- Majora Henryka Sucharskiego 70, 80-601 Gdańsk, Pologne
The heavily reinforced barracks of the Westerplatte garrison were the backbone of the Polish defence. Here the armoury, dormitories and other important facilities were located. The complex was originally ‘T’ shaped, but after the war several parts of the building were destroyed, for example during the construction of the monument.
The Westerplatte Depot lacked appropriate living quarters for its garrison until the so-called new barracks were constructed in 1934–1935. The three-level building (with a cellar, a high ground floor and a first floor) housed offices, dormitories, an armoury, a gun repair shop, ammunition and storage rooms and other facilities. Its equipment was very modern for its time, with central heating, spacious bathrooms, a sick room and a radio station.
The building was designed in such a way that the ceilings of the two upper floors would absorb the energy of bombs and shells hitting its roof, protecting the crew hidden in the cellar shelter. This system passed the test with flying colours, as the bombs dropped from airplanes did not damage the cellar. A machine-gun room was located in the barracks. Some of its windows were modified for the installation of machine guns. A small machine-gun room with an embrasure survives in the south-west corner of the building.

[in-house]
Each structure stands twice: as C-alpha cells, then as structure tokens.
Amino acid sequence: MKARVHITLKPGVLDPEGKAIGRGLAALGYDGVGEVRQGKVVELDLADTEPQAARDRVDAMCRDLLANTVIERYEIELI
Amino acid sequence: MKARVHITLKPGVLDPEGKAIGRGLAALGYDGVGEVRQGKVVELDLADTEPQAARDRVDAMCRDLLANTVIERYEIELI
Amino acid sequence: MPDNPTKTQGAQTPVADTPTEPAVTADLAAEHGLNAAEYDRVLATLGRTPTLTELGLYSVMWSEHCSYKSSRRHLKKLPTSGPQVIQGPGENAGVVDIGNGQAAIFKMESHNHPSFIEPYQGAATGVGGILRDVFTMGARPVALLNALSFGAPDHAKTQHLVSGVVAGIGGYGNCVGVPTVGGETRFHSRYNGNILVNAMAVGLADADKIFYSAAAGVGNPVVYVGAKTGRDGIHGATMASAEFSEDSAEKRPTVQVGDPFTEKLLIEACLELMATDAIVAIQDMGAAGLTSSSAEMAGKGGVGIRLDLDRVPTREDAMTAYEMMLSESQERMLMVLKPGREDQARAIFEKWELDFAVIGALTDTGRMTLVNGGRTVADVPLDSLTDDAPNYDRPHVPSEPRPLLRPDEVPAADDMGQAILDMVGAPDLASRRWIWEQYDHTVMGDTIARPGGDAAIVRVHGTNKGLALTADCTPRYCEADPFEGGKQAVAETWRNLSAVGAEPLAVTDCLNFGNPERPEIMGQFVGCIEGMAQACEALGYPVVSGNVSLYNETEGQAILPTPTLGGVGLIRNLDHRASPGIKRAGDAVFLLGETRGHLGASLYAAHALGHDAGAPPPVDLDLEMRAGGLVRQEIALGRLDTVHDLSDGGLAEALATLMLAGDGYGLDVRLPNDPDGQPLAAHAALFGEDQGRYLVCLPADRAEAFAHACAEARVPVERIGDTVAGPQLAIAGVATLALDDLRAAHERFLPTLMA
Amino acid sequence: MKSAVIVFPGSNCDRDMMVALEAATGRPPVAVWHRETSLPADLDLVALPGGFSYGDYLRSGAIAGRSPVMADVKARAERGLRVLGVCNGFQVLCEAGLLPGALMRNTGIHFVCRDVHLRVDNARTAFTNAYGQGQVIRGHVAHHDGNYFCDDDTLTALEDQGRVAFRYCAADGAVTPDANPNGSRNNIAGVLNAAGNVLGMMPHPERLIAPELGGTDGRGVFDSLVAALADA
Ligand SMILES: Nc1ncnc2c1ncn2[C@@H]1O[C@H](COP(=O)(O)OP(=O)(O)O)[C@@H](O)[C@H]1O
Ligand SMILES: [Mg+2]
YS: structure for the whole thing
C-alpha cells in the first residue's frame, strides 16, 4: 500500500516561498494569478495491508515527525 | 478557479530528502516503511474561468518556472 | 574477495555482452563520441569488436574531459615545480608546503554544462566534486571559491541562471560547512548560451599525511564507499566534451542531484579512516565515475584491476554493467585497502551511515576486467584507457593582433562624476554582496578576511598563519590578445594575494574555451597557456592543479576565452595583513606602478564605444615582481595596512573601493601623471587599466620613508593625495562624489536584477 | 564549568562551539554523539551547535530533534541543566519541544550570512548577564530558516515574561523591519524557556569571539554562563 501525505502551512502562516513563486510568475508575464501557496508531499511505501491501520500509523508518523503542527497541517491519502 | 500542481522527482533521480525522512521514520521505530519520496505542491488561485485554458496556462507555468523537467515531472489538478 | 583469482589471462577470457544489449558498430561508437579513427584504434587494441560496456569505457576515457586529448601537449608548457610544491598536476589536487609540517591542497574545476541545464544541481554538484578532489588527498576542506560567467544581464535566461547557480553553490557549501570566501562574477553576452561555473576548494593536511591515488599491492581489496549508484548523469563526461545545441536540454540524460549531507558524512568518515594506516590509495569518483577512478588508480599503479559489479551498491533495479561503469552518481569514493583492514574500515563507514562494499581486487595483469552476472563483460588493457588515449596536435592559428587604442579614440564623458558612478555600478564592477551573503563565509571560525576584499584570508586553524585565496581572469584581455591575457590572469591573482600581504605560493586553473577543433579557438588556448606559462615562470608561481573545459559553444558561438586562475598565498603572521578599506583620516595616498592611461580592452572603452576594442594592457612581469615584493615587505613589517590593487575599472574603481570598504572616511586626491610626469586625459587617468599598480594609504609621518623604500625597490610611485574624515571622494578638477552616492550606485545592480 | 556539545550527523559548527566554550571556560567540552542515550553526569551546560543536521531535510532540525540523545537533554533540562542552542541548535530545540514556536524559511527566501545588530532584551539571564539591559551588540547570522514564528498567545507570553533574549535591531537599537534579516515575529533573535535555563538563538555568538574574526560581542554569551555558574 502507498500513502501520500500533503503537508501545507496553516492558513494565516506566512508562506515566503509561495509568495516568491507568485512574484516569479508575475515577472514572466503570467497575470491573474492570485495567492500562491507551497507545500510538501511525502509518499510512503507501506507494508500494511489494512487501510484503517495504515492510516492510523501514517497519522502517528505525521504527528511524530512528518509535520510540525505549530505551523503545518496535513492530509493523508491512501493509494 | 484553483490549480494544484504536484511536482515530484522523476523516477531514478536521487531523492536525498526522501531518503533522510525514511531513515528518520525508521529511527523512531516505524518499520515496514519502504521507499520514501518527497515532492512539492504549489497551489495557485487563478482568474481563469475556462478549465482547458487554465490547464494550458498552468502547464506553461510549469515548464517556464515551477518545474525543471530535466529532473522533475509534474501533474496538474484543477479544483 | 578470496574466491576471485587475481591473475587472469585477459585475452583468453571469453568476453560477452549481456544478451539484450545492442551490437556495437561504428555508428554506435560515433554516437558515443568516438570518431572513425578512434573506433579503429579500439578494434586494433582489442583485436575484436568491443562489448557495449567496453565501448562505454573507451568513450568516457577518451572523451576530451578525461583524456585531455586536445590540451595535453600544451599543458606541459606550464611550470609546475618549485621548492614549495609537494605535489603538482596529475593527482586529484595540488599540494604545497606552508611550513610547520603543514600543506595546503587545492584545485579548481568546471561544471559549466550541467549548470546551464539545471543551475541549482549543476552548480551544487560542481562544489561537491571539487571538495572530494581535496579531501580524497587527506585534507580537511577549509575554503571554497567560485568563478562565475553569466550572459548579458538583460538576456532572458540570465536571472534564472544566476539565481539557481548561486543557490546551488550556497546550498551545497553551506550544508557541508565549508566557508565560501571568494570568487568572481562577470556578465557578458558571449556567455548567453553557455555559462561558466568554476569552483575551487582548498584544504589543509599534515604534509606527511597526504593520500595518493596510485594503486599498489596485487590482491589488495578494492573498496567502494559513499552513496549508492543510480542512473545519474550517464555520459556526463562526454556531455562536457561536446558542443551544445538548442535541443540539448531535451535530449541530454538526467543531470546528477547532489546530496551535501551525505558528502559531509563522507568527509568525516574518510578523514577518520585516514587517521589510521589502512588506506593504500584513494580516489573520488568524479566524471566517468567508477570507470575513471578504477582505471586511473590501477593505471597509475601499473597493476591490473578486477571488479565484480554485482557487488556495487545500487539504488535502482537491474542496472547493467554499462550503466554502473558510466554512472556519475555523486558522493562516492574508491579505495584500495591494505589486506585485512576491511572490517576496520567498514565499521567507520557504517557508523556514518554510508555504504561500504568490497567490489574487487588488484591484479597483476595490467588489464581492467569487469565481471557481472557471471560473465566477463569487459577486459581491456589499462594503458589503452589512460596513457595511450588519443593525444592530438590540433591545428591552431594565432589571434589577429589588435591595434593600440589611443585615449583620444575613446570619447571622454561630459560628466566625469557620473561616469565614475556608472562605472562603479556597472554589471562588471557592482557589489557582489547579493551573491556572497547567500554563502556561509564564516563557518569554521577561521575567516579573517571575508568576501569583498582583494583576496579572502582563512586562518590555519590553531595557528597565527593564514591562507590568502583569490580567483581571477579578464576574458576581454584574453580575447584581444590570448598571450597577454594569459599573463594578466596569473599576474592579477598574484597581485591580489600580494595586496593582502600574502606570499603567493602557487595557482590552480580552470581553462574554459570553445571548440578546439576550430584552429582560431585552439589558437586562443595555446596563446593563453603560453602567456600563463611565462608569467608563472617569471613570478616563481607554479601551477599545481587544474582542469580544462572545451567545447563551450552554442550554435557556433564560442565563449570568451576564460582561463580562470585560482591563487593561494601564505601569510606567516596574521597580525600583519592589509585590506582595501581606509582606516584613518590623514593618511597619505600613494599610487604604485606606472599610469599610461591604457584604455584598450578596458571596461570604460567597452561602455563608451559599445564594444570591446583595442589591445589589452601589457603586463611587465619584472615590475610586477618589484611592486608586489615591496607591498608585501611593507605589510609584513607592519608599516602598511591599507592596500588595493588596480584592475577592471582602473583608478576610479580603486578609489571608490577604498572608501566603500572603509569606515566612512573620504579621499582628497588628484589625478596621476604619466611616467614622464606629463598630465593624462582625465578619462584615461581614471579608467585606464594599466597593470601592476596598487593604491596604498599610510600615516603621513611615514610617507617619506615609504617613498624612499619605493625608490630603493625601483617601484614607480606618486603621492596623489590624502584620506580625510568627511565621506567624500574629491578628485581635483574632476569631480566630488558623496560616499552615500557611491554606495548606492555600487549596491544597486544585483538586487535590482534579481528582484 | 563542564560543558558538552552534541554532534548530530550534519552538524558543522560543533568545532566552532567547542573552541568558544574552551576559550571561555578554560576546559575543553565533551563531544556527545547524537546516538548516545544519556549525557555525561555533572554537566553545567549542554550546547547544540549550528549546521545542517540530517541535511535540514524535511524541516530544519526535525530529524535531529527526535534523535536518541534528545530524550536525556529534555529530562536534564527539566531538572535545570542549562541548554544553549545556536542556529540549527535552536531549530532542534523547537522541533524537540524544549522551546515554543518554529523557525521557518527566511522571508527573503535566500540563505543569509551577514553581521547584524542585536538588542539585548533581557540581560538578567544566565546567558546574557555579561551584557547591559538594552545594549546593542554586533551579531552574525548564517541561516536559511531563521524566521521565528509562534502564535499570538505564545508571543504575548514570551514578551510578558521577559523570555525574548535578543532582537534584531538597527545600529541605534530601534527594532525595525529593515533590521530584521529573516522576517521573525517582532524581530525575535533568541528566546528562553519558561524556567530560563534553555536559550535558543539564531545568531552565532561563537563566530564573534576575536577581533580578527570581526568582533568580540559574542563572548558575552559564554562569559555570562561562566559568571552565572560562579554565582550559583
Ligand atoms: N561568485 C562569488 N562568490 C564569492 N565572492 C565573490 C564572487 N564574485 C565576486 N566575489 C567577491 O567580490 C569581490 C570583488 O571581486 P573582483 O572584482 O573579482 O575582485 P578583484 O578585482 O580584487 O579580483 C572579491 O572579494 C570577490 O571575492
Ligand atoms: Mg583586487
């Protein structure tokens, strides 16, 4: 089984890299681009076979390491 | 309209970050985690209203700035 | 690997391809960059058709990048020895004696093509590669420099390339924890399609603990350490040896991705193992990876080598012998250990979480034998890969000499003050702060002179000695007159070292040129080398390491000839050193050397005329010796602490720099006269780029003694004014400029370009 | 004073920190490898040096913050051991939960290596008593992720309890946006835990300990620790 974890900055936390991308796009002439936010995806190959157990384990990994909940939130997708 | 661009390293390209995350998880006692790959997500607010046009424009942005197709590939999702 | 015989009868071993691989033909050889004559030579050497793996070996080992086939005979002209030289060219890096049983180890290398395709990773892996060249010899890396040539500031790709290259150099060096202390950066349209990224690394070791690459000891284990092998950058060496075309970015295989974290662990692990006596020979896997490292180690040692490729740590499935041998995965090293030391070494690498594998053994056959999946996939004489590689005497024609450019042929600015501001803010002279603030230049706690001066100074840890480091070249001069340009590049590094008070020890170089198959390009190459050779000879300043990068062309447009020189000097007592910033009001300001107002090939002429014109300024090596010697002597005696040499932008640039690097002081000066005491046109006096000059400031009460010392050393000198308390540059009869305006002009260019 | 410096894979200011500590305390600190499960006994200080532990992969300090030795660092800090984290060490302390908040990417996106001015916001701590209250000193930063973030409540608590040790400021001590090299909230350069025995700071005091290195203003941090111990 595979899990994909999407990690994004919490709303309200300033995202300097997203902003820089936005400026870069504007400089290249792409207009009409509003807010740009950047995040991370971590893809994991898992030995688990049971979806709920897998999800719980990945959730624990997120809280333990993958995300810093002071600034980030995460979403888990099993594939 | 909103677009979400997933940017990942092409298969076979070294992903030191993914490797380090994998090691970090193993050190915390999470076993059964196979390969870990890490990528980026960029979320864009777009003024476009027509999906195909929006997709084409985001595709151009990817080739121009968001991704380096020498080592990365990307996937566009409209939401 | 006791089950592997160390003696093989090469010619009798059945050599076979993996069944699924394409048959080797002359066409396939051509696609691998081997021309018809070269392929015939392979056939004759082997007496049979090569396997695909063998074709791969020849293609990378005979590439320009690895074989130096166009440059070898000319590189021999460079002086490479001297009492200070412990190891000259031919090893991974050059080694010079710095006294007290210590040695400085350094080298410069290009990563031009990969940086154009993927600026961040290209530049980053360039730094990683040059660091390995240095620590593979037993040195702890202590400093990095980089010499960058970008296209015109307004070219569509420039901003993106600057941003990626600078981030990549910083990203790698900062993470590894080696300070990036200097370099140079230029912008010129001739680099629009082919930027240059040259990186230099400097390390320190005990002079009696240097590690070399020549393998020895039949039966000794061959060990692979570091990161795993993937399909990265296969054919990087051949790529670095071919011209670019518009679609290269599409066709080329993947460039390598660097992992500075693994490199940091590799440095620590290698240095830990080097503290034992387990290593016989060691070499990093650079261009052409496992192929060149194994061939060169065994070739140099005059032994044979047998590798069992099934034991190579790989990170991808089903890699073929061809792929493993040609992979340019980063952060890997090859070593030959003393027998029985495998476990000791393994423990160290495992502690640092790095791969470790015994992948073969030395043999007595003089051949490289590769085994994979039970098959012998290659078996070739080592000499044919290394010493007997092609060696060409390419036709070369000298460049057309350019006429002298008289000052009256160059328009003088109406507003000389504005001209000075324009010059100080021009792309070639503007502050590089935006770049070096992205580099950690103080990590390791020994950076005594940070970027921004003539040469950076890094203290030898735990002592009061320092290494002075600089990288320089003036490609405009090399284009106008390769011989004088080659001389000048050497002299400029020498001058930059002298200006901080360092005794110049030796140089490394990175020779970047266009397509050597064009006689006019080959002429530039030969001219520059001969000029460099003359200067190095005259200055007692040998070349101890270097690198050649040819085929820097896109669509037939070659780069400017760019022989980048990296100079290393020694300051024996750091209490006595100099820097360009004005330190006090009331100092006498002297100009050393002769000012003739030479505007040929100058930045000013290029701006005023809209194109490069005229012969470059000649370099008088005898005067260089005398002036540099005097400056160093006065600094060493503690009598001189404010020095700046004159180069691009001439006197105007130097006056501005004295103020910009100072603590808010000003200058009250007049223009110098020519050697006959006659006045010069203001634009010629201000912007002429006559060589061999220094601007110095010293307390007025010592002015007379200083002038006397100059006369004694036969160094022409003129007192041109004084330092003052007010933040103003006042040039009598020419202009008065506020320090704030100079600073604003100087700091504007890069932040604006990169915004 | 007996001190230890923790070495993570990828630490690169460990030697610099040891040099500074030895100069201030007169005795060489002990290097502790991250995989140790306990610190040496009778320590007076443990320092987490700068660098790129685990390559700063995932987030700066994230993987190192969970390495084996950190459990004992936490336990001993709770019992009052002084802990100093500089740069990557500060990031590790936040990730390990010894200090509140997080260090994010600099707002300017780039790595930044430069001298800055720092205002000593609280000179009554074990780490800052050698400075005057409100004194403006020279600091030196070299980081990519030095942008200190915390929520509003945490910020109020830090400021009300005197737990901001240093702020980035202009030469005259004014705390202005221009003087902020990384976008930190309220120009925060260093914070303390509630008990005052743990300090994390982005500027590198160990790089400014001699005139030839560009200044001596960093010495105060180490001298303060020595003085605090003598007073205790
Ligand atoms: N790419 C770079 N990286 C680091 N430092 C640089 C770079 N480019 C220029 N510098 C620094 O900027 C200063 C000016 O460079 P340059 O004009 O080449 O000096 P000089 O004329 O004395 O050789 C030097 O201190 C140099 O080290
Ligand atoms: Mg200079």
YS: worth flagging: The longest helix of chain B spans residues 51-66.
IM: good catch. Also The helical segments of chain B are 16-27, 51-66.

The south wing of the new barracks housed a sick room and a medicine store. German machine-gun fire from the New Port destroyed its whole equipment in the first minutes of the attack.
Today, the condition of the building is also the result of post-war devastation, which included indoor detonations of unexploded shells and bombs. The northern wing of the barracks was finally demolished in the 1960s to make room for a promenade leading to the mound of the monument to the Defenders of Westerplatte.
On 1 September 1939 the Germans attacked the Westerplatte peninsula in the port of Gdańsk. This assault marks the beginning of the Second World War. A small Polish garrison held out for seven days, bolstering the morale of the Polish people. After the war Westerplatte became a symbol of Polish resistance against the German invasion.